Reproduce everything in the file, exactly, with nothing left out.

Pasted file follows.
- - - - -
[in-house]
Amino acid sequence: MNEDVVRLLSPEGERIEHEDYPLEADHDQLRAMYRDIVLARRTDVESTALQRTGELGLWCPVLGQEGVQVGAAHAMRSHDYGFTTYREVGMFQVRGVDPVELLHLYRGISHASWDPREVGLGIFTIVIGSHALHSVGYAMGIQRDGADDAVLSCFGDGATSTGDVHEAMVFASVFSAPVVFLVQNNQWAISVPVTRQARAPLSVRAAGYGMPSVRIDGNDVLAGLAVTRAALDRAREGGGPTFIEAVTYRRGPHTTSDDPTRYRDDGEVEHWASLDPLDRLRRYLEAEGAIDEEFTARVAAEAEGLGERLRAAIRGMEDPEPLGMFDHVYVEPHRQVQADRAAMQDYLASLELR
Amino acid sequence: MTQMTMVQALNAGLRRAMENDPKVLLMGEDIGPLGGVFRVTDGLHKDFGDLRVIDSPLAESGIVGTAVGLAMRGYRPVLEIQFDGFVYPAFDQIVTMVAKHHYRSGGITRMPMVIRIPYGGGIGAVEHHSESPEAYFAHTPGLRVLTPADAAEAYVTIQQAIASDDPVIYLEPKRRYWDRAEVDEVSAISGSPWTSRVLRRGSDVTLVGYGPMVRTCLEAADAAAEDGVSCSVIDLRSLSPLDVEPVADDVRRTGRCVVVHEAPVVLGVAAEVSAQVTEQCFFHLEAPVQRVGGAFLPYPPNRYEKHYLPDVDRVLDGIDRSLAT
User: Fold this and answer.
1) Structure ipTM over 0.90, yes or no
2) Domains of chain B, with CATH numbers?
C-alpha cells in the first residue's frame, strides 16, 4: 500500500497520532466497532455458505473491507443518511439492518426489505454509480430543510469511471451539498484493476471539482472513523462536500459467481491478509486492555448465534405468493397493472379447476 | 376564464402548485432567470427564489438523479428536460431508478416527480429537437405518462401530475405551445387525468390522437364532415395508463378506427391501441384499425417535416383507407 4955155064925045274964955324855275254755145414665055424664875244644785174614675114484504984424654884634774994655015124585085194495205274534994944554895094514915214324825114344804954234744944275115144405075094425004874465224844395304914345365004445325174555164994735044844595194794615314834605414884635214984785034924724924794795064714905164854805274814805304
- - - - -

[in-house]
Amino acid sequence: MNEDVVRLLSPEGERIEHEDYPLEADHDQLRAMYRDIVLARRTDVESTALQRTGELGLWCPVLGQEGVQVGAAHAMRSHDYGFTTYREVGMFQVRGVDPVELLHLYRGISHASWDPREVGLGIFTIVIGSHALHSVGYAMGIQRDGADDAVLSCFGDGATSTGDVHEAMVFASVFSAPVVFLVQNNQWAISVPVTRQARAPLSVRAAGYGMPSVRIDGNDVLAGLAVTRAALDRAREGGGPTFIEAVTYRRGPHTTSDDPTRYRDDGEVEHWASLDPLDRLRRYLEAEGAIDEEFTARVAAEAEGLGERLRAAIRGMEDPEPLGMFDHVYVEPHRQVQADRAAMQDYLASLELR
Amino acid sequence: MTQMTMVQALNAGLRRAMENDPKVLLMGEDIGPLGGVFRVTDGLHKDFGDLRVIDSPLAESGIVGTAVGLAMRGYRPVLEIQFDGFVYPAFDQIVTMVAKHHYRSGGITRMPMVIRIPYGGGIGAVEHHSESPEAYFAHTPGLRVLTPADAAEAYVTIQQAIASDDPVIYLEPKRRYWDRAEVDEVSAISGSPWTSRVLRRGSDVTLVGYGPMVRTCLEAADAAAEDGVSCSVIDLRSLSPLDVEPVADDVRRTGRCVVVHEAPVVLGVAAEVSAQVTEQCFFHLEAPVQRVGGAFLPYPPNRYEKHYLPDVDRVLDGIDRSLAT
User: Fold this and answer.
1) Structure ipTM over 0.90, yes or no
2) Domains of chain B, with CATH numbers?
C-alpha cells in the first residue's frame, strides 16, 4: 500500500497520532466497532455458505473491507443518511439492518426489505454509480430543510469511471451539498484493476471539482472513523462536500459467481491478509486492555448465534405468493397493472379447476 | 376564464402548485432567470427564489438523479428536460431508478416527480429537437405518462401530475405551445387525468390522437364532415395508463378506427391501441384499425417535416383507407 4955155064925045274964955324855275254755145414665055424664875244644785174614675114484504984424654884634774994655015124585085194495205274534994944554895094514915214324825114344804954234744944275115144405075094425004874465224844395304914345365004445325174555164994735044844595194794615314834605414884635214984785034924724924794795064714905164854805274814805304